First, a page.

My Theology of Pastoral Ministry (part 3)

December 13, 2011 — 1 Comment

Today is part three of a series of six blog posts where I am sharing my Theology of Pastoral Ministry. (You can read yesterday's post here.) By sharing this theology of pastoral ministry I hope to encourage you to develop your own theology of pastoral ministry (or philisophy of work).

Clipart of a Pastor. Photo courtesy Microsoft Word.
Ministry is the work that we do to serve and help others.

A great definition of Bible-based ministry is written by James Thompson when he asserts, “ministry is participation in God’s work of transforming the community of faith until it is ‘blameless’ at the coming of Christ.”[1] This ministry of helping others to become blameless at Christ’s coming is a gift that is both strenuous and amazing at the same time,[2] and it can happen in any area or context. With my theology of pastoral ministry to be a leading servant who spreads God’s love around the world, I believe that the work I do should be focused.

One of the most successful evangelists in the past century, Billy Graham, who devoted his life to evangelism and winning souls for Christ, stated early in his ministry that “concentration is important. The [person] who has a general interest in everything usually isn’t good at anything.”[3] Another pastor, Andy Stanley, who is considered one of the most influential Christian voices in America, often teaches that we as leaders should “only do what only you can do.”[4] This means that for myself as a pastor and leader I need focus on doing only what I can do.

At United Way of Stanislaus County, I should work hard to share my faith and attempt to nurture the faith of other people around the office. No one else talks about their faith until I bring it up, so I must do what only I can do: shepherd those people at work. If I had not given that Bible to my coworker, I highly doubt anyone else would have. If I had not talked with the lady who sits across the hall from me about why she is an atheist, no one else probably would have (and I do not think anyone has done that since).

In the context of my writing about leadership during nights and weekends, I need to share biblical principles and how they can be lived out in businesses and nonprofits. Not many people are willing to do that for free; thus I must do that as part of what only I can do to serve others.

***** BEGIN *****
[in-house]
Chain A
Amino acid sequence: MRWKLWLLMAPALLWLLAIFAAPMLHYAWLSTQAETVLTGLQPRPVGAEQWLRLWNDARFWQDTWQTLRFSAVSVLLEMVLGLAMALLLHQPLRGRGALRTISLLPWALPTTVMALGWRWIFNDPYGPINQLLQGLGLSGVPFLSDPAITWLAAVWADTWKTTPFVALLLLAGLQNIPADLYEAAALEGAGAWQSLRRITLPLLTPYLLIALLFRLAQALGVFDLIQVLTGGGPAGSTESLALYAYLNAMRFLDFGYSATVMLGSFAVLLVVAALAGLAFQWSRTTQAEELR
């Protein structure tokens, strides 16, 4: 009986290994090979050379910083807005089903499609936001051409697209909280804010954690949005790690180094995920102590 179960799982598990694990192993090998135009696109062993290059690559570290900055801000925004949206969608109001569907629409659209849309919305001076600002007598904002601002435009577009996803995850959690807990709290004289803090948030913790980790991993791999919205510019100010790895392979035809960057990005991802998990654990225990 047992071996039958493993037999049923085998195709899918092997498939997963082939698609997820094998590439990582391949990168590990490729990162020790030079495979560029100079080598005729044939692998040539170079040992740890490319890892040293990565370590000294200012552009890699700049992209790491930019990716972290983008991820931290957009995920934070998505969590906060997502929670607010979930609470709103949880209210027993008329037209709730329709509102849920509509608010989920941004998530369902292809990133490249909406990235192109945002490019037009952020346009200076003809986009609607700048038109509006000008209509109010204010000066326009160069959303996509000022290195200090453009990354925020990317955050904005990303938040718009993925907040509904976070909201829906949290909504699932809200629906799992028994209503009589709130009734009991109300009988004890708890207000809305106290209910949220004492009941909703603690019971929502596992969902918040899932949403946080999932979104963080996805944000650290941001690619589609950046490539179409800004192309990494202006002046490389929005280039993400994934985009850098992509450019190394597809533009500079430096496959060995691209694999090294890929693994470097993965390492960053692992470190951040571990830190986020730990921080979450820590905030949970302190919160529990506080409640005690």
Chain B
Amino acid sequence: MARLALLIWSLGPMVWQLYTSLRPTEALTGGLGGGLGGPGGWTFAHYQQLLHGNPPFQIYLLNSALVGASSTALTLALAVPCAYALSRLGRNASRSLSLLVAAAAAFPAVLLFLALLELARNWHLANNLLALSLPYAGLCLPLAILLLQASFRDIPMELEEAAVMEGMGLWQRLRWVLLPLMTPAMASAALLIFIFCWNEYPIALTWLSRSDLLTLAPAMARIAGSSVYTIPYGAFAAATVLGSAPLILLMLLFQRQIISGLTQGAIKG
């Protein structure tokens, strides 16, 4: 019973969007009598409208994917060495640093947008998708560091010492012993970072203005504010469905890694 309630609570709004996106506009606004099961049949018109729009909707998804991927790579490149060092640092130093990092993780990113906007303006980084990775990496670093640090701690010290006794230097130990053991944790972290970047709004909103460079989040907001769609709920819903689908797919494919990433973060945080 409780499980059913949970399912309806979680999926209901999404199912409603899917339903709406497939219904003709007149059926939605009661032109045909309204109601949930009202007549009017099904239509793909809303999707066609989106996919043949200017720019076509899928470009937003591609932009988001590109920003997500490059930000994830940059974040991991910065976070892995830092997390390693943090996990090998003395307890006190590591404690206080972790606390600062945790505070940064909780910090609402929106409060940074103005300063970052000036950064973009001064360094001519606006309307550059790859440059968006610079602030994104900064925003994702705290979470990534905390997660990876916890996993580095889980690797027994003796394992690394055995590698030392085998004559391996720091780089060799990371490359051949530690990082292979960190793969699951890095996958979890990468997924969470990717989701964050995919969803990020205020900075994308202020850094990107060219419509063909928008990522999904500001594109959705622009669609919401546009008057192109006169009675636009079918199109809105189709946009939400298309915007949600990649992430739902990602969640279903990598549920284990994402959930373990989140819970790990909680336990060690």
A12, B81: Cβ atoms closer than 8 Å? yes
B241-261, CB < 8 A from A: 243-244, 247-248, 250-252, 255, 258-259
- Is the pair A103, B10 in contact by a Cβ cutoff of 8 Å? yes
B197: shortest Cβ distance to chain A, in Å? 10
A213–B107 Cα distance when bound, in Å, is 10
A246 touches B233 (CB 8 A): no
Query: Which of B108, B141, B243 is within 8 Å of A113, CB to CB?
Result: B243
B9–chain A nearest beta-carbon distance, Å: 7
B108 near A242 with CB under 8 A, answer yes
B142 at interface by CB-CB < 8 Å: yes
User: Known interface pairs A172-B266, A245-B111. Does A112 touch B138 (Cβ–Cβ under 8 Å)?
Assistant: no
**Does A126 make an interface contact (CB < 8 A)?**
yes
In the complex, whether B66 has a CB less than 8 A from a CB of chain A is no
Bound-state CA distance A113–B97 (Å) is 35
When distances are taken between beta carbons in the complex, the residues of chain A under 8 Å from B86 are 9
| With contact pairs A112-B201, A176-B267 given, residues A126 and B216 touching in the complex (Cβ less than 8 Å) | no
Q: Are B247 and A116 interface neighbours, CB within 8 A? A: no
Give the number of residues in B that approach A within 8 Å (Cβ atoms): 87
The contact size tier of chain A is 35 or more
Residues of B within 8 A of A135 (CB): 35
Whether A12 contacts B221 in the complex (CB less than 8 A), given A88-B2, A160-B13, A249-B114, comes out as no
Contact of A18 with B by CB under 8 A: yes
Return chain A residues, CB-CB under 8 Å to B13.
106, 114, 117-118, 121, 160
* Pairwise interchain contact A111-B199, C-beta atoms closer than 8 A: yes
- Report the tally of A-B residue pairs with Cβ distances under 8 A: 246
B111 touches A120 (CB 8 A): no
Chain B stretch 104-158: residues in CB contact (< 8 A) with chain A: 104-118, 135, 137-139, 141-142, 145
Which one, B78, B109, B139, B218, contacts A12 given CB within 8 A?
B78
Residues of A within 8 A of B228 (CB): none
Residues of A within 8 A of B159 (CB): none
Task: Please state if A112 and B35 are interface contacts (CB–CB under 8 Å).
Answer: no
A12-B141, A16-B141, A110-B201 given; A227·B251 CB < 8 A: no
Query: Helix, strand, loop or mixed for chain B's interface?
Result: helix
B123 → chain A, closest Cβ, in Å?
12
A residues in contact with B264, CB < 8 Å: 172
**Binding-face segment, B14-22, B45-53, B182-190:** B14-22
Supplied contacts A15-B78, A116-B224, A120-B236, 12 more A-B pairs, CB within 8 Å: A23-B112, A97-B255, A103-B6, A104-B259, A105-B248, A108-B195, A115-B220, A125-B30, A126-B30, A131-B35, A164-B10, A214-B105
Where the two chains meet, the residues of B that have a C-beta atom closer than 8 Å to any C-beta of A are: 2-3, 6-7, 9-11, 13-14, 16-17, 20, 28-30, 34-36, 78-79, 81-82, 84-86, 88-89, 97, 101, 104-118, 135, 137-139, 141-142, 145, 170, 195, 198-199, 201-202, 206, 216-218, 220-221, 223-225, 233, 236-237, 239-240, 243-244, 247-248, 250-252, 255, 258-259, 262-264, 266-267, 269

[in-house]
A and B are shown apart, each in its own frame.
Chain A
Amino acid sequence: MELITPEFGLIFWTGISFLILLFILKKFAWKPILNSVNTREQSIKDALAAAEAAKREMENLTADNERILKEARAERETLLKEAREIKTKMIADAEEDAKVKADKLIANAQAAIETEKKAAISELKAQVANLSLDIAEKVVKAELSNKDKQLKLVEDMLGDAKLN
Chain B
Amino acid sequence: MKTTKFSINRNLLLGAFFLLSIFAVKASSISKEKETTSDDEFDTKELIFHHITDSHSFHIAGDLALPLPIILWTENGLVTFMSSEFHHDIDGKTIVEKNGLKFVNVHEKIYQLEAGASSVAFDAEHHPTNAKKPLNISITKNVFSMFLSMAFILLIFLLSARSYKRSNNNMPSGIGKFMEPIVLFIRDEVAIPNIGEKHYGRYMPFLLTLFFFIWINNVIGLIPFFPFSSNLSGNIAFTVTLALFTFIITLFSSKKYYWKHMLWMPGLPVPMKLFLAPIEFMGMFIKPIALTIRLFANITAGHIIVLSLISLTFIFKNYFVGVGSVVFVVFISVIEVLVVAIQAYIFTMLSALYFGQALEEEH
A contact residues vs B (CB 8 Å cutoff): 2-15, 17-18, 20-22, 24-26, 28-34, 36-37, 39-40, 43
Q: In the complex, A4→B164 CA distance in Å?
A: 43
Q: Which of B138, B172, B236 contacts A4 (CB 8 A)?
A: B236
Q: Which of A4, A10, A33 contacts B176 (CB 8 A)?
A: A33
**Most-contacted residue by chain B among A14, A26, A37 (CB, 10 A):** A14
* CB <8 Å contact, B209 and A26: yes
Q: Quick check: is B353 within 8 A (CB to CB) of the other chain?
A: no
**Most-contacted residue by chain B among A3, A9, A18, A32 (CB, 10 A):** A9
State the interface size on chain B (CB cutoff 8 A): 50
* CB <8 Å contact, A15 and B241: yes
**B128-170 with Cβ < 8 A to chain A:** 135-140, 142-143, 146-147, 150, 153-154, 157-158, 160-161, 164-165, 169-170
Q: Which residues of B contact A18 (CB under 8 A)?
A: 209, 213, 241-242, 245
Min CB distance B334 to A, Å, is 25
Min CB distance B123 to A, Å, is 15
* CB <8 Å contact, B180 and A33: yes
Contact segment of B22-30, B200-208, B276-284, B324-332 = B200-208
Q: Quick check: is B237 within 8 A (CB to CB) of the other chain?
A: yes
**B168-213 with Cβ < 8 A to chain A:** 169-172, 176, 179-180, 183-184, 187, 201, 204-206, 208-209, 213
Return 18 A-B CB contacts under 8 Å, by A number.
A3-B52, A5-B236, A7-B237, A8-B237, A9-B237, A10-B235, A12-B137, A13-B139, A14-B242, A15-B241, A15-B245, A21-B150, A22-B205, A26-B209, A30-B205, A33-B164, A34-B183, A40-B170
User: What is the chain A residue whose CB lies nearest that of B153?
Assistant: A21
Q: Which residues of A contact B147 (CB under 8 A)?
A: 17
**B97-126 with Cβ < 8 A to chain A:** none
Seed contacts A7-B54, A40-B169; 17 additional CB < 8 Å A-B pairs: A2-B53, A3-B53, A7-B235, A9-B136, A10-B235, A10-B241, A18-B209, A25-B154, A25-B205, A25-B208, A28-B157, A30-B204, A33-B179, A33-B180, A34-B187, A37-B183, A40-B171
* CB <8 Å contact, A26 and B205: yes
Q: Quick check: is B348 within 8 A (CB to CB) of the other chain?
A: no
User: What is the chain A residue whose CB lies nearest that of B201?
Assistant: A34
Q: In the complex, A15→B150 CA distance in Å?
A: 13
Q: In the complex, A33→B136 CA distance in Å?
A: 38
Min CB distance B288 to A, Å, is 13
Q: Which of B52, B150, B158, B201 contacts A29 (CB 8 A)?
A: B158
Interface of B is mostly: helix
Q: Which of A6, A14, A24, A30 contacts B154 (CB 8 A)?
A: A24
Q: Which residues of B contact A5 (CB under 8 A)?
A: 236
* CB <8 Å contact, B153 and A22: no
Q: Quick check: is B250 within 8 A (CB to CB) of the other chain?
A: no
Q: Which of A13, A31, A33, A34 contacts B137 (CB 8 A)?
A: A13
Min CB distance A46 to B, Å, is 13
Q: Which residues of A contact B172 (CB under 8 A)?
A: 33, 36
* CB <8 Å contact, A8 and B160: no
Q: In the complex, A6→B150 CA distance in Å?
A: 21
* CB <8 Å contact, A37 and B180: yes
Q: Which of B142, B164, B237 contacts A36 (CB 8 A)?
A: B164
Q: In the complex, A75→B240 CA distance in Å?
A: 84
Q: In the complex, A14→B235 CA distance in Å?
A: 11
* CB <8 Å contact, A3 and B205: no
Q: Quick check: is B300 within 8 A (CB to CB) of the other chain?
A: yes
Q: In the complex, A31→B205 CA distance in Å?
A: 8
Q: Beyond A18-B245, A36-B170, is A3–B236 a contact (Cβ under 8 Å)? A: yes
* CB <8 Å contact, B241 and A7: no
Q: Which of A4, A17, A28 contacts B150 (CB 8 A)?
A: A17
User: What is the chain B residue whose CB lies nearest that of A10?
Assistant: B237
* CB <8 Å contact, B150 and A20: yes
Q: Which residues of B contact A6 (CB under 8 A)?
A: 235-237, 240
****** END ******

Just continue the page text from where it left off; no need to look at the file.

Question: Do you believe your work is about serving others? Why or why not?


[1] James W. Thompson, Pastoral Ministry According to Paul: A Biblical Vision (Grand Rapids, MI: Baker Academic, 2006), 20.

[2] A. Iona Smith, “A Little Child Shall Lead Them” in “Emerging as Ministers” in Congregations 32, no. 4 (2006): 34.

[3] Billy Graham, Billy Graham Talks to Teen-agers (Wheaton: Miracle Books, 1958), 29-30.

[4] Andy Stanley, “When Less is More” (lecture, Catalyst West Conference at Mariners Church, Orange County, CA, April 23, 2010).

Christopher L. Scott

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Christopher Scott is Small Groups Pastor at Rocky Hilly Community Church in Exeter, CA. He has more than ten years of experience leading volunteers, running nonprofit programs, and teaching the Bible in small group settings. He holds a bachelor’s degree from Fresno Pacific University and master’s degree from Dallas Theological Seminary.

Disclosure of Material Connection: Some of the links in the post above may be "affiliate links." This means if you click on the link and purchase the item, I will receive an affiliate commission. I also may have received one or more of the products or services mentioned above for free in the hope that I would mention it on my blog. Regardless, I only recommend products or services I use personally and believe will add value to my readers. I am disclosing this in accordance with the Federal Trade Commission's 16 CFR, Part 255: "Guides Concerning the Use of Endorsements and Testimonials in Advertising."